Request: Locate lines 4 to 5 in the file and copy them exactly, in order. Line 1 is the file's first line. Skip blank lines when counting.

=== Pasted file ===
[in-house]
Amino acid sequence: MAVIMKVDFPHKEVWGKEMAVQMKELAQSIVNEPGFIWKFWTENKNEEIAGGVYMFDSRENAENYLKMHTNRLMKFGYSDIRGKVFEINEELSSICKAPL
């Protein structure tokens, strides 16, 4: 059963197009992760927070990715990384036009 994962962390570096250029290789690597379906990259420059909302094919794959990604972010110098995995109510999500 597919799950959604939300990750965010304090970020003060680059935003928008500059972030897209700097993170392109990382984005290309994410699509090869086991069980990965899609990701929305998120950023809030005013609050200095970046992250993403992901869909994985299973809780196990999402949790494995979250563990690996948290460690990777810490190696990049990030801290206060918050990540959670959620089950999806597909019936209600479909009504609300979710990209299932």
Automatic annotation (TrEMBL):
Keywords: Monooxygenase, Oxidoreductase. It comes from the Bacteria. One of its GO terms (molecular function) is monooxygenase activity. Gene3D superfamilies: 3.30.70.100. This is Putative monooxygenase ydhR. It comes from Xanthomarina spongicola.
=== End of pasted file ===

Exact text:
Automatic annotation (TrEMBL):
Keywords: Monooxygenase, Oxidoreductase. It comes from the Bacteria. One of its GO terms (molecular function) is monooxygenase activity. Gene3D superfamilies: 3.30.70.100. This is Putative monooxygenase ydhR. It comes from Xanthomarina spongicola.